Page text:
“The reality for these types of businesses is that if there are plant shutdowns or line shutdowns that last for extended periods of time, they often don’t have the ability to make up that loss in production,” McCarthy added. “You can’t just run another shift on a Saturday to pick up the slack. Oftentimes the value of the product they’re producing far outweighs the cost of operating the equipment. What this indicates to me is, ‘I’ll spend more if that means I can keep that line running because of the production value.'”

With or without traditional ROI, the majority of survey respondents said they were happy with the results they’re seeing: Eighty-four percent said their products and services were extremely or very effective, with the transportation sector seeing a 96% satisfaction rate.

Additionally, 99% of oil and gas, 98% of transportation and 90% of manufacturing organizations said IIoT would have a significant impact on their industry at a global level. Perhaps those predictions of IIoT investments reaching $60 trillion in the next 15 years and the number of internet-connected IIoT devices exceeding 50 billion by 2020 will become a reality.

Cisco cloud VP calls out trends in multicloud strategy

Large enterprises have quickly embraced multicloud strategy as a common practice — a shift that introduces opportunities, as well as challenges.

Cisco has witnessed this firsthand, as the company seeks a niche in a shifting IT landscape. Earlier this year, Cisco shuttered Intercloud Services, its failed attempt to create a public cloud competitor to Amazon Web Services (AWS). Now, Cisco’s bets are on a multicloud strategy to draw from its networking and security pedigree and sell itself as a facilitator for corporate IT’s navigation across disparate cloud environments.

In an interview with SearchCloudComputing, Kip Compton, vice president of Cisco’s cloud platforms and solutions group, discussed the latest trends with multicloud strategy and where Cisco plans to fit in the market.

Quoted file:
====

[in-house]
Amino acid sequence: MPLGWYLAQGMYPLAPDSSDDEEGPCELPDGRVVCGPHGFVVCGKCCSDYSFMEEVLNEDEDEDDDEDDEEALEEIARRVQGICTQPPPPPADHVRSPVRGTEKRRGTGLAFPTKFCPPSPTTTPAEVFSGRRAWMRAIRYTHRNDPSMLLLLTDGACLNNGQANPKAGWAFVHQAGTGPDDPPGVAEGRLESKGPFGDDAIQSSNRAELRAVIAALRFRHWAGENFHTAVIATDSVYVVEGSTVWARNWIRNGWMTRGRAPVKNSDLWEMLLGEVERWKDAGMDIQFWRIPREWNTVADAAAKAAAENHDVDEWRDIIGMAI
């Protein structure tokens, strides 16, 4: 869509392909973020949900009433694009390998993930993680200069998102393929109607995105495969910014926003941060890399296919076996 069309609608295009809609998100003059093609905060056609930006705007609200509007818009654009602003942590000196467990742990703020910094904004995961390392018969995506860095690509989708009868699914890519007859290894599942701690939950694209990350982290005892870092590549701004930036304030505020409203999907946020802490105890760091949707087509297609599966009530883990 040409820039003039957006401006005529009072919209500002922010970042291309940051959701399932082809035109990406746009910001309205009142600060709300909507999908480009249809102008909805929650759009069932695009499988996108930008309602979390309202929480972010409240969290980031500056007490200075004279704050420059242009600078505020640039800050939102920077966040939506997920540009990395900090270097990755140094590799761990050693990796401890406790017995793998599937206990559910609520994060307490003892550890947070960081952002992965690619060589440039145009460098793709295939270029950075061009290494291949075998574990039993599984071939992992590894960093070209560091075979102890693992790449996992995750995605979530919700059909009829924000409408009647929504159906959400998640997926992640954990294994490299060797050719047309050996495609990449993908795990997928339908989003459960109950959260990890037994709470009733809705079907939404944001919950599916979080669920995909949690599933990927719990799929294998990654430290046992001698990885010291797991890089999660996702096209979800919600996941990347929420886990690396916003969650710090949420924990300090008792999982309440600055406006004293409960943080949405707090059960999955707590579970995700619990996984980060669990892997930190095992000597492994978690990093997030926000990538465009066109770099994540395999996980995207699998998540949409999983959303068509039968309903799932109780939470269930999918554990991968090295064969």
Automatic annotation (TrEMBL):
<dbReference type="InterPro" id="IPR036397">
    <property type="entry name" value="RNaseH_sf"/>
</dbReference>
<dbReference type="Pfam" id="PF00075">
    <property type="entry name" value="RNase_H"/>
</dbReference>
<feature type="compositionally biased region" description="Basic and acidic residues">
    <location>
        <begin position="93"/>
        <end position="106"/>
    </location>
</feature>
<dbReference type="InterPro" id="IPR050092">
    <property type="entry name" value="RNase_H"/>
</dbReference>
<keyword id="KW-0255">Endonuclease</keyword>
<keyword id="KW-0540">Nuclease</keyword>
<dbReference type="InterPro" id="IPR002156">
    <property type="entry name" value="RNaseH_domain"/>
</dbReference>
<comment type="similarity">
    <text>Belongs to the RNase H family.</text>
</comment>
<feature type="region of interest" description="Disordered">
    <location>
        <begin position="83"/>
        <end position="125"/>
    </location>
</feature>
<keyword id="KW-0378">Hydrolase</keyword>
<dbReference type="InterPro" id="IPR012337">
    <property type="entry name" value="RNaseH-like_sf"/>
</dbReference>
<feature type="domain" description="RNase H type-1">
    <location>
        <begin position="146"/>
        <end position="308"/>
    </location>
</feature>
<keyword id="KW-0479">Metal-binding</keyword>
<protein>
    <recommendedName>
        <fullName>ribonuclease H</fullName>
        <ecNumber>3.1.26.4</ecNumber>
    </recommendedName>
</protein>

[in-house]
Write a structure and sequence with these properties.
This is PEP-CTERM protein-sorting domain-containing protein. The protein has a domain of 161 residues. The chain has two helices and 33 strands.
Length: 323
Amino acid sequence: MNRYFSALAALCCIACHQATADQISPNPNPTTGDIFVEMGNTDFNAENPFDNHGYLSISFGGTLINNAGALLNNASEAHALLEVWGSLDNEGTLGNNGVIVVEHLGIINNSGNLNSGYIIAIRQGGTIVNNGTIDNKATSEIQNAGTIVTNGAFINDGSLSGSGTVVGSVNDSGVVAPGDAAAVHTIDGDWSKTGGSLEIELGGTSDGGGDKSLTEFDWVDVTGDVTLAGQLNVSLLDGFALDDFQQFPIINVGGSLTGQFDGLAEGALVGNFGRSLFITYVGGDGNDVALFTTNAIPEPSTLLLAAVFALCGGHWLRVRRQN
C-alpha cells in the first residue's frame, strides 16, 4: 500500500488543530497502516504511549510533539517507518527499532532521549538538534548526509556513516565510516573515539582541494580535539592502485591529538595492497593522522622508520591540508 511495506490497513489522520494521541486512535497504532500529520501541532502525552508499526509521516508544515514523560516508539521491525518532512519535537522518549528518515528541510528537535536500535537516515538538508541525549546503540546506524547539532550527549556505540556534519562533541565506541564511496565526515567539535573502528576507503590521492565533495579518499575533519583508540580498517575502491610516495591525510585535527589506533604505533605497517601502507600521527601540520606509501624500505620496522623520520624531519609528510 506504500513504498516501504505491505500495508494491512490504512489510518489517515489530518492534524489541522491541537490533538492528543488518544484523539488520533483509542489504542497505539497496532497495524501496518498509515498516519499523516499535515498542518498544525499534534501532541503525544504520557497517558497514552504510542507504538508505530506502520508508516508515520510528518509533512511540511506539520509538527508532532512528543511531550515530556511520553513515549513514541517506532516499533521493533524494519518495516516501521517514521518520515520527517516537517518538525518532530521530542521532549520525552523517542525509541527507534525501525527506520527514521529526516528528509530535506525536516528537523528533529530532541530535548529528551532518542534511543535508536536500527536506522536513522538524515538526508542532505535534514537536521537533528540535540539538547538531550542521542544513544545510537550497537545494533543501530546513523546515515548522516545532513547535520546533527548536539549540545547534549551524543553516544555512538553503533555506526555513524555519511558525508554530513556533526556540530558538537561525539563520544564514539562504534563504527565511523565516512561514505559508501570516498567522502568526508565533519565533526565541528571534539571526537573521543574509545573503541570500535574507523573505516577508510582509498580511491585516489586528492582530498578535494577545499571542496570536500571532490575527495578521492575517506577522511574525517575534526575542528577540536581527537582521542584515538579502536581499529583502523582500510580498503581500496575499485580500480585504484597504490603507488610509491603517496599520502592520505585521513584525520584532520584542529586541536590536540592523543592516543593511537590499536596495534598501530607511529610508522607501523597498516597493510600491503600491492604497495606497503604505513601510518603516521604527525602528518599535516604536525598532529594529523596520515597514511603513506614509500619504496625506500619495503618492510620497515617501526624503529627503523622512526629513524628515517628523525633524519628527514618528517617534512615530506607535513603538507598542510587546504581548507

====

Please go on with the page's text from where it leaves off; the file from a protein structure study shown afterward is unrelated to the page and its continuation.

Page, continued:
How are your customers shifting their view on multicloud strategy?

Kip Compton: It started with the idea that each application is going to be on separate clouds. It’s still limited to more advanced customers, but we’re seeing use cases where they’re spanning clouds with different parts of an application or subsystems, either for historical reasons or across multiple applications, or taking advantage of the specific capabilities in a cloud.

Hybrid cloud was initially billed as a way for applications to span private and public environments, but that was always more hype than reality. What are enterprises doing now to couple their various environments?

Compton: The way we approach hybrid cloud is as a use case where you have an on-prem data center and a public data center and the two work together. Multicloud, the definition we’ve used, is at least two clouds, one of which is a public cloud. In that way, hybrid is essentially a subset of multicloud for us.

Azure Stack is a bit of an outlier, but hybrid has changed a bit for most of our customers in terms of it not being tightly coupled. Now it is deployments where they have certain codes that run in both places, and the two things work together to deliver an application. They’re calling that hybrid, whereas in the early days, it was more about seamless environments and moving workloads between on prem and the public cloud based on load and time of day, and that seems to have faded.

What are the biggest impediments to a successful multicloud strategy?

Compton: Part of it is what types of problems do people talk about to Cisco, as opposed to other companies, so I acknowledge there may be some bias there. But there are four areas that are pretty reliable for us in customer conversations.

First is networking, not surprisingly, and they talk about how to connect from on prem to the cloud. How do they connect between clouds? How do they figure out how that integrates to their on-prem connectivity frameworks?

Then, there’s security. We see a lot of companies carry forward their security posture as they move workloads; so virtual versions of our firewalls and things like that, and wanting to align with how security works in the rest of their enterprise.

The third is analytics, particularly application performance analytics. If you move an app to a completely different environment, it’s not just about getting the functionality, it’s about being performant. And then, obviously, how do you monitor and manage it [on] an ongoing basis?

The trend we see is [customers] want to take advantage of the unique capabilities of each cloud, but they need some common framework, some capability that actually spans across these cloud providers, which includes their on-prem deployment.

Where do you draw the line on that commonality between environments?